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Ranking Toothpastes by How Effective They Are

Except this one’s not really a ranking as such because it turns out you can’t actually rank them like that, but oh hey, look, a puppy!

Shopping for toothpaste can be a bewildering experience. There are tons of different brands, many of which come in various forms — whitening, sensitivity, tartar control. So how is anyone supposed to know which toothpaste is the best toothpaste?

In search of a simple answer, I asked Dr. Matthew Messina of the American Dental Association (ADA) to help me rank both brands and types of toothpaste by how effective they are. But — as you’ll notice from the fact that this week’s column looks completely different to how it normally does — apparently, that really isn’t possible.

The only thing that really matters is that whichever toothpaste you choose has the ADA Seal of Acceptance on the packaging. “Once a product has the ADA Seal of Acceptance, that’s the Dental Association’s mark that the product’s claims have been independently verified and tested by the association,” Messina explains. “That’s kinda the dentist’s mark that a product does what it says and says what it does. It’s safe and effective when used as directed, which is a fabulous piece of information.”

So at the end of the day, any brand with the seal will be safe to use — after that, a lot of it’s simply personal preference. “Some people like the taste of certain brands better than the taste of other brands, the same way that people like one Cola over another, or there’s this whole beer thing that’s going on these days,” says Messina.

You’ll also consider the specific function of that toothpaste — things like whitening, sensitivity and tartar control — but again, none of these things is inherently better than the other, they’re just designed to do different jobs. “There are different chemical components that have been formulated into the toothpaste to do different things,” Messina explains. “In other words, a toothpaste that’s anti-sensitivity has chemical agents in it that are designed to plug the little tubules and exposed root surfaces of the teeth to reduce sensitivity, which is great if you have sensitive teeth, but it doesn’t do anything for you if you don’t.”

Meanwhile, whitening toothpastes could theoretically have the opposite effect, meaning they might be a bad choice for someone with sensitive teeth. “Whitening toothpastes have a chemical agent in them — it’s a cousin, usually, of a peroxide of some sort — that has sort of a bubbling, cleansing action on the surface of the teeth that can remove some stains from the teeth, but you won’t ever see a whitening, anti-sensitivity toothpaste, because those have opposite actions,” Messina explains. “So you get one or the other.” It’s also worth making clear that whitening toothpastes don’t change the actual color of your teeth — they simply help remove some surface stains, potentially giving the teeth a lighter appearance, but they won’t make yellow teeth white.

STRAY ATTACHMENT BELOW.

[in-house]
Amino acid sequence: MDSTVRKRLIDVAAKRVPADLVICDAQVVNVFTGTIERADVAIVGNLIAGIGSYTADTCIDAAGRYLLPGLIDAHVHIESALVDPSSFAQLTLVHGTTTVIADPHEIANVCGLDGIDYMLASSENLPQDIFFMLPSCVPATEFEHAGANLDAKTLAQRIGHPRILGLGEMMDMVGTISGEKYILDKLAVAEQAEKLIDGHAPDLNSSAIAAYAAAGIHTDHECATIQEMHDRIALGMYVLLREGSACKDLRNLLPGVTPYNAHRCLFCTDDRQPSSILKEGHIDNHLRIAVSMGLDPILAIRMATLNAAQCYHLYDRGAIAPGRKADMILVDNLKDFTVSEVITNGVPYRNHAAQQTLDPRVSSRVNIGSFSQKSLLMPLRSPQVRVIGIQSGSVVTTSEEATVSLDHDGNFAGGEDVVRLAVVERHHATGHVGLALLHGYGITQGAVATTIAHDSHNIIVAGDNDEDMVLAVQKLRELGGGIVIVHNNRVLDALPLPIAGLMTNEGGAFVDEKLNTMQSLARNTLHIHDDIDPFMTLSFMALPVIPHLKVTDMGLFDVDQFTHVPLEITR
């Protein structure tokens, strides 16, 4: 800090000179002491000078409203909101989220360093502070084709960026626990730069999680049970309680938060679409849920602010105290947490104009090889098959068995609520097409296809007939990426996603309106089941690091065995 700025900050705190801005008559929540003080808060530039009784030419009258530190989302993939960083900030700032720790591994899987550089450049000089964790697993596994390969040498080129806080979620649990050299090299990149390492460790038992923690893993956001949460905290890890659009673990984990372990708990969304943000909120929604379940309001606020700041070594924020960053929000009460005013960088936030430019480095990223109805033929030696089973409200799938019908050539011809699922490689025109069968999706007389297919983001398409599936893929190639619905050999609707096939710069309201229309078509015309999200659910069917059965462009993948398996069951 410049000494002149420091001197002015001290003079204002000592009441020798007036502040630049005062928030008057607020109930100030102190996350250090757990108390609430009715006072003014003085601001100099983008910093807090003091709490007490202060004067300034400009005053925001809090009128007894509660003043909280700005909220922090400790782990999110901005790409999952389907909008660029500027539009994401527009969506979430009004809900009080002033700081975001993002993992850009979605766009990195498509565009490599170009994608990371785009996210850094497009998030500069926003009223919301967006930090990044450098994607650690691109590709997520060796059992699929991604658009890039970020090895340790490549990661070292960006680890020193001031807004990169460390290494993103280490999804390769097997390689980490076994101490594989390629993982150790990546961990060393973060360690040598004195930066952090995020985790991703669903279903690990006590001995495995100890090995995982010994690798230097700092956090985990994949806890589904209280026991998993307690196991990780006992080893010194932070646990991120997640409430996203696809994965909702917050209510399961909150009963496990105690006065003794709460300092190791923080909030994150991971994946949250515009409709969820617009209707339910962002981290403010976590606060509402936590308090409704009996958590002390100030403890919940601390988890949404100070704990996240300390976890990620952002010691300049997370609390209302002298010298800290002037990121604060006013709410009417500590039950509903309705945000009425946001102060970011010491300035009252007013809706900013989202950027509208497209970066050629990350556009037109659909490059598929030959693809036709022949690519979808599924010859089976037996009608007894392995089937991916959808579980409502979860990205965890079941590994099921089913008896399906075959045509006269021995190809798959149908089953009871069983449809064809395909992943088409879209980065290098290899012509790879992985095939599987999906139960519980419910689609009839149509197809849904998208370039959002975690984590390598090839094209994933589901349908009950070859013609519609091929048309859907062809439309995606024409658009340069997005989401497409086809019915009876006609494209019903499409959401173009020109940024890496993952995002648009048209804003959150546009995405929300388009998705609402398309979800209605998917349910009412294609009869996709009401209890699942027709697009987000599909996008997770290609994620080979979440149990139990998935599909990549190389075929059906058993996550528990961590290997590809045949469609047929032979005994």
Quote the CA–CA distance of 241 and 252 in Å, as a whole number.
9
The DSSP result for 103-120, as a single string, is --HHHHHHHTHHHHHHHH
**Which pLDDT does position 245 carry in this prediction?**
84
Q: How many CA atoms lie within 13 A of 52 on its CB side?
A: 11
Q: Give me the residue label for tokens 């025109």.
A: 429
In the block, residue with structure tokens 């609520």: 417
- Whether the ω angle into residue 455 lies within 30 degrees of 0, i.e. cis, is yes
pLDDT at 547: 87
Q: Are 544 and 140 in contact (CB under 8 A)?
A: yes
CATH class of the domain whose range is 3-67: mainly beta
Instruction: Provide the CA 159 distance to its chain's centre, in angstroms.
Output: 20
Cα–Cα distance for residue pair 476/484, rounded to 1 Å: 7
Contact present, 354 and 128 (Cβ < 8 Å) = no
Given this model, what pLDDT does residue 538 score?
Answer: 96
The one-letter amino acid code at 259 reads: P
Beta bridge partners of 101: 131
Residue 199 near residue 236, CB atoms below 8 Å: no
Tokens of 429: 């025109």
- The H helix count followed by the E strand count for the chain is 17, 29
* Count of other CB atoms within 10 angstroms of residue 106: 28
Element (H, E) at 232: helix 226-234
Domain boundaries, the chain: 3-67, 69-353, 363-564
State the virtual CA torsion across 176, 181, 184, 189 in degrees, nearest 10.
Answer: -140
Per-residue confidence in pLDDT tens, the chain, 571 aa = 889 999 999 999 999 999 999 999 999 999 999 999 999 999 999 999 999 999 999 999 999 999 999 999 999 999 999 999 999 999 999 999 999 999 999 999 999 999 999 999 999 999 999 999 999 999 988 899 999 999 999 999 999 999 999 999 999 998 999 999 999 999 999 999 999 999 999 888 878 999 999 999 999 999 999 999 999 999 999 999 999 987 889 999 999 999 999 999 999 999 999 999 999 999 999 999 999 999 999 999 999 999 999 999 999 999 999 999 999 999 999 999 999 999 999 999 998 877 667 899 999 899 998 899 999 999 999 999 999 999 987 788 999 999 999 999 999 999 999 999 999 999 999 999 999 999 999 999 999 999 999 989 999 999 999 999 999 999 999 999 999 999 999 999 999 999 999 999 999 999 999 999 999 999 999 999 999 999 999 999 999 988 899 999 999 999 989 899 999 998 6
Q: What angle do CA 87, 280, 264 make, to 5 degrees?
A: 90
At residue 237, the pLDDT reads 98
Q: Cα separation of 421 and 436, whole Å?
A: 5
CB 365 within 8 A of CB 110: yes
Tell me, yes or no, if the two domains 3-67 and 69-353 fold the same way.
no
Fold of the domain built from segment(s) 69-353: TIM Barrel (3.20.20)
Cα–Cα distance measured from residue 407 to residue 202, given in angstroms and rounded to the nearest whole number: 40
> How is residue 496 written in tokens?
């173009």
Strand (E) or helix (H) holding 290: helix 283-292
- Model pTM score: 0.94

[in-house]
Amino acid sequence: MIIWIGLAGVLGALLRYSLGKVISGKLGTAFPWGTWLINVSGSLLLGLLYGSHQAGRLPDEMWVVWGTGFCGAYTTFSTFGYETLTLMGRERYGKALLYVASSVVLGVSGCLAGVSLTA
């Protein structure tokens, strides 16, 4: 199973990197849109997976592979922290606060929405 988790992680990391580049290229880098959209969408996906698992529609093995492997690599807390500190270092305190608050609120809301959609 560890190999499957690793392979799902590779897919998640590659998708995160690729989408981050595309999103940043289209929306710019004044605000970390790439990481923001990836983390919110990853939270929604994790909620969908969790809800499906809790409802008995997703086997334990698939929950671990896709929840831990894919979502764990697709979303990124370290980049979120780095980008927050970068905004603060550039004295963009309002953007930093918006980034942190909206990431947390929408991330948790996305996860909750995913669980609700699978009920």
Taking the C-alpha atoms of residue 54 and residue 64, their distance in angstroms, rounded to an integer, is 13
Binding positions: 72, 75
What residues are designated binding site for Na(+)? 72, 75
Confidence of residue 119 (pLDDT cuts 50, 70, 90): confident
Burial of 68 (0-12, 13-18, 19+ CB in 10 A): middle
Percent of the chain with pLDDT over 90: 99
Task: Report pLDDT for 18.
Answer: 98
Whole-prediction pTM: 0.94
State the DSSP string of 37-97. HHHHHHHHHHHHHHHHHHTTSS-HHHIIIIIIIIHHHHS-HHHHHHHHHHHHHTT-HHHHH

Speaking of whitening toothpastes, some brands — namely Arm & Hammer — make a big deal of the fact that their products contain baking soda, which always seems like a weird thing to get excited about. It essentially does the same thing as whitening toothpaste: It acts as a mild abrasive to remove surface stains that might otherwise make your teeth look yellowish. While that’s all good and fine, much like whitening toothpastes, those that contain baking soda are also probably a bad choice for people with sensitive teeth, and combined with vigorous brushing, can potentially damage the outer coating of your teeth over time.

The other big toothpaste type is tartar control, which obviously slows the development of tartar, hard calcified deposits that can form on the teeth and cause them to decay. “Tatar control toothpastes have agents in them that stop or reduce the tartar from chemically attaching to the tooth,” Messina says. “So once again, that’s great if you build a lot of tartar, but not necessarily for you in particular.” Similar to whitening toothpastes, tatar control toothpastes won’t remove tatar that’s already there — they simply help keep more from forming.

You might also come across so-called “natural” or “herbal” toothpastes in some stores, but these are a little all over the place in terms of effectiveness. “One of the challenges with those is terms like ‘natural’ or ‘herbal’ are very poorly defined, so we defer to ‘look for the seal,’ because if it has the ADA seal of acceptance, then what the product says that it’s doing has been verified,” says Messina. “Other than that, I really don’t know. I can tell you what seal products do and have; I can’t tell you anything about a non-seal product, because it hasn’t been tested, at least by us, anyway.”

All in all, the best toothpaste for you could very well be the worst toothpaste for someone else, which means, as I said earlier, that there’s no real way to rank toothpastes by how effective they are. “This is where, in consultation with your dentist and the dental team, they can help you determine what’s best for you,” Messina emphasizes. “It’s entirely possible — let’s say we have a household with two parents and a couple of kids — we could have four different toothpastes, or three different toothpastes for different reasons. Somebody may have more issues with periodontal disease, so a tartar control toothpaste or an antibacterial toothpaste may be the right answer. The other adult may have sensitivity, and so they need an anti-sensitivity toothpaste. The teenage daughter going to prom may want a whitening toothpaste, and the other kids need just regular fluoride toothpaste.”

So, much like buttplugs, there really is no one-size-fits-all approach to toothpaste: You just have to find the one that gets the job done for you.